Nonprofit GAAP Financial Statement | Form 990 | OH IN KY

Why Doesn’t My Organization’s Financial Statement Match IRS Form 990?

Published on by Lynn Meiser in Not-for-Profit, Tax Services

Why Doesn’t My Organization’s Financial Statement Match IRS Form 990?

With a team dedicated exclusively to non-profit tax and Form 990s, we get a lot of questions from our not-for-profit clients – and perhaps one of the questions that we get most often is why a non-profit organization’s Generally Accepted Accounting Principles (GAAP) financial statements not match the IRS Form 990?

It’s a great question – and the reason is that the IRS has different reporting requirements than GAAP.

Reconciling the differences

To help you get a handle on what the differences are and how to reconcile them, we’ve created this chart showing the most common reporting differences.

An organization can present the reconciliation between audited financial statements to the tax return in Schedule D of Form 990. This schedule is required for those non-profit organizations that obtain an independent audit in the same year as the tax return.

 GAAPForm 990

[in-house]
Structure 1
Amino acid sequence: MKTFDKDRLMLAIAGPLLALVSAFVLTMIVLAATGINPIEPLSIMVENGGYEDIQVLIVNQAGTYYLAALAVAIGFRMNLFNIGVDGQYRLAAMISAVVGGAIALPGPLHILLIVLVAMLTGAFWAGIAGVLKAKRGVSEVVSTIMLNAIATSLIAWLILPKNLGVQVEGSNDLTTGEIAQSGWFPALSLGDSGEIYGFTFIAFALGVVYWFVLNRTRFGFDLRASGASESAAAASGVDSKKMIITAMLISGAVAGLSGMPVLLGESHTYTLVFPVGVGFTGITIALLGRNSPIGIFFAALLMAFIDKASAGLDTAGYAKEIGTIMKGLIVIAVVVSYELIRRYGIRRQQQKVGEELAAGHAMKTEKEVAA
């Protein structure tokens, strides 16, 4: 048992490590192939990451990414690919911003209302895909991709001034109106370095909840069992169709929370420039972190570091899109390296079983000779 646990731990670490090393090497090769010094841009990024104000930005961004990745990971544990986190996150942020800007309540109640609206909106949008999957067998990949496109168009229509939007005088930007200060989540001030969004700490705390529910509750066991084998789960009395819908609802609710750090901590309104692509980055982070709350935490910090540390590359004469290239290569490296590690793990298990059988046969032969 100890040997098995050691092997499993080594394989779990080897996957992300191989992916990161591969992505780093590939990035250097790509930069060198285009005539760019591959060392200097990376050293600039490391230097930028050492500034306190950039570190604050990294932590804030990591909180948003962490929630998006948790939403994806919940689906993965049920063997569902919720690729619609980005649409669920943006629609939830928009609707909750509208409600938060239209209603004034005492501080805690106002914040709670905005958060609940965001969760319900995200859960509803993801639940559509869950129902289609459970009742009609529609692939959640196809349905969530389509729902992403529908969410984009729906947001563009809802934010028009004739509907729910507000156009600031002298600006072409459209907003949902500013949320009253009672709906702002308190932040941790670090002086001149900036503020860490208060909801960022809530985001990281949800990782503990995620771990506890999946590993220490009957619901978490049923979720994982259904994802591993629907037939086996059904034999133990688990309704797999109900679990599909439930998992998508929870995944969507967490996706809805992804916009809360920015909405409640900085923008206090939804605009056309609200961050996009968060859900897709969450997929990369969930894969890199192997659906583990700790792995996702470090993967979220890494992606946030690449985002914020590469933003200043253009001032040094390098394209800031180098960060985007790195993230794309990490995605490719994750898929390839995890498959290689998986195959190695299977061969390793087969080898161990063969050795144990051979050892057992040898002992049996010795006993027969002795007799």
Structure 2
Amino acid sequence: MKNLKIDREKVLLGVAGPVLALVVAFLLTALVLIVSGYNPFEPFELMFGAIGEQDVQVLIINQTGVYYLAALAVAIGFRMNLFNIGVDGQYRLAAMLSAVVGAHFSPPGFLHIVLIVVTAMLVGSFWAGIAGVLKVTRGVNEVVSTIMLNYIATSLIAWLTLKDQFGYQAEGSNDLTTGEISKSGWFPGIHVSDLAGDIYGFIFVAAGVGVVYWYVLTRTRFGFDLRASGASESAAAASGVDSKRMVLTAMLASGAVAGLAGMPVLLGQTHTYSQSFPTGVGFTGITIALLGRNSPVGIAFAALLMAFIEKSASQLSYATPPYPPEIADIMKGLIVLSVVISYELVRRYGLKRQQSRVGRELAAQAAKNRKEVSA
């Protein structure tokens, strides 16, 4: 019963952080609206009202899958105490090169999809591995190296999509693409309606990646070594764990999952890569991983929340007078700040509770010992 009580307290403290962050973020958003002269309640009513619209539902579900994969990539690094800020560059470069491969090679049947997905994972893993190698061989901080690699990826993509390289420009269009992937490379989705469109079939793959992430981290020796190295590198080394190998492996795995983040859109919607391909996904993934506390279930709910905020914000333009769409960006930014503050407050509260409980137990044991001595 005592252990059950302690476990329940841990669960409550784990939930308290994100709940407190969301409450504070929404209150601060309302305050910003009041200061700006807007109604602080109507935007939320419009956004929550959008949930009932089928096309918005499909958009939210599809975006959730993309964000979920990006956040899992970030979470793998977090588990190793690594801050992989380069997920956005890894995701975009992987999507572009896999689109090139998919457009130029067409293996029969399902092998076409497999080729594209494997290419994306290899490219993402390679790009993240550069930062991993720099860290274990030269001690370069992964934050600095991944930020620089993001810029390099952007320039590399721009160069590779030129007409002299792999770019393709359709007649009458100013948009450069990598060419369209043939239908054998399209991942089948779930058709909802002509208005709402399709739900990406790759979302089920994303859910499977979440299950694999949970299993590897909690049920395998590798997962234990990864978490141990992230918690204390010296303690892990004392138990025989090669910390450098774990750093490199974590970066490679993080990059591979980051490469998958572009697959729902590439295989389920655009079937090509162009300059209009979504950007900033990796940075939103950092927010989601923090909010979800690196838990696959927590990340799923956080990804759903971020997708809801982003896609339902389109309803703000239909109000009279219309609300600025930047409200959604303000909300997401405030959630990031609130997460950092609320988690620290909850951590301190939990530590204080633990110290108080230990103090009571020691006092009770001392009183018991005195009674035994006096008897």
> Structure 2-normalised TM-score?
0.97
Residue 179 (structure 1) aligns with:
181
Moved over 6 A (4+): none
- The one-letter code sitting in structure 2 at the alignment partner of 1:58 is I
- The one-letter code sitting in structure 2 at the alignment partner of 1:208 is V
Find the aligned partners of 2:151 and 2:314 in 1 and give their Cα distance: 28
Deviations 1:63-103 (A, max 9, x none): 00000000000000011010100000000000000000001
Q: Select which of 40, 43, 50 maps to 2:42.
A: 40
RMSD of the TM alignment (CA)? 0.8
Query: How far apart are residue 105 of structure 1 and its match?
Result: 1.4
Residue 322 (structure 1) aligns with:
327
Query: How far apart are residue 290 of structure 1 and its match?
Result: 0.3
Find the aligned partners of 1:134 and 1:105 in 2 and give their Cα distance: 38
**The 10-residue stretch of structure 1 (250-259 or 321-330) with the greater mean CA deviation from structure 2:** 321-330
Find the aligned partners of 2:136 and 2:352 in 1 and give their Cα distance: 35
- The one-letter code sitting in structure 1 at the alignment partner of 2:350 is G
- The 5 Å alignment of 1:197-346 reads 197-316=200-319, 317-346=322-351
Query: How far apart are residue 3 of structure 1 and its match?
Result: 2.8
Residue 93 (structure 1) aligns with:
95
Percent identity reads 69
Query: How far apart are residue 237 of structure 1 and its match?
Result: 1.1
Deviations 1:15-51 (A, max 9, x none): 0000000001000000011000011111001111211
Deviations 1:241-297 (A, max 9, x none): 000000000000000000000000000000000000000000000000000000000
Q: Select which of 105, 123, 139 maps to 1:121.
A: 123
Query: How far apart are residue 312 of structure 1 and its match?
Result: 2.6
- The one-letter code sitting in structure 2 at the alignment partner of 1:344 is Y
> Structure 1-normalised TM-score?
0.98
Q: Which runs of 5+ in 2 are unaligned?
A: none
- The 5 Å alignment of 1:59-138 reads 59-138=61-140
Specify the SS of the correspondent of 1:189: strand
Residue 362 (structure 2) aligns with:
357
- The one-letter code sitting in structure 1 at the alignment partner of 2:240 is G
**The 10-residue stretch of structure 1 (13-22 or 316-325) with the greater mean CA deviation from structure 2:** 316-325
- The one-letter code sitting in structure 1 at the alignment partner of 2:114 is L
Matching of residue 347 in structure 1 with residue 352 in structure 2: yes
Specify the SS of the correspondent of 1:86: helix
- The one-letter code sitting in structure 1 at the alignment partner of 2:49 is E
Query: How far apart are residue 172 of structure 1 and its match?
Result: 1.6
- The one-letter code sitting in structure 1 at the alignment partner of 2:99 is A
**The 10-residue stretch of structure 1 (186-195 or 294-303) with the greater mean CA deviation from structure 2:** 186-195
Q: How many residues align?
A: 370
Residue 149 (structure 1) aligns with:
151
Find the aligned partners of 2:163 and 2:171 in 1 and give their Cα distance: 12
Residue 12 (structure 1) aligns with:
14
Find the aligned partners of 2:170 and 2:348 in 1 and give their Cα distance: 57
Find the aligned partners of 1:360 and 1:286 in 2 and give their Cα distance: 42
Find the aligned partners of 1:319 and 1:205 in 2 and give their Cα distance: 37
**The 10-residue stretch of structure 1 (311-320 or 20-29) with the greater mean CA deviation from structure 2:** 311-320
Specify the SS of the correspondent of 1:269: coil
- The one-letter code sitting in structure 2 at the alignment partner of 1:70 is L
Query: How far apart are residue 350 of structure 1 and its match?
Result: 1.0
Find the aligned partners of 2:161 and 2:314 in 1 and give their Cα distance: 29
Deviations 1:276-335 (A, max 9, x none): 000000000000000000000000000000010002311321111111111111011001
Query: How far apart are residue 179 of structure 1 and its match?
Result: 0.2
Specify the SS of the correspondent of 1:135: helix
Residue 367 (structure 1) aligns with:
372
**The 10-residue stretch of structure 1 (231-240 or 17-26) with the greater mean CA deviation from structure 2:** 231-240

InvestmentsNetted presentation (includes interest/dividends, realized and unrealized gain/loss and investment expenses)Amounts are broken out on part VIII Statement of Revenue, as Investment income (dividends/interest) and sales of securities assets (realized gains). Investment expenses are typically reclassified to Part IX, Statement of Functional Expenses
Unrealized gain/lossesIncluded in investment incomeNot included in Form 990
Fundraising eventsPresented gross or net with expensesPresented in Part VIII, as fundraising event contributions, event income and netted with fundraising direct expenses.
Rent income/expensePresented gross or net with expensesPresented as a net amount in Part VIII
Donated Services & FacilitiesPresented as in-kind income and in-kind expensesNot included in 990 income or expenses
Miscellaneous incomeReported as suchAny miscellaneous income over $1,000 might be a red flag for the IRS. Miscellaneous income should be reviewed and considered for contribution or program income

Have a question about non-profit tax forms and how your organization can use your Form 990 to share its mission and accomplishments with donors, grantors, and prospective donors and grantors? Contact us for a free consultation with one of our top non-profit tax pros. We’re here to help.


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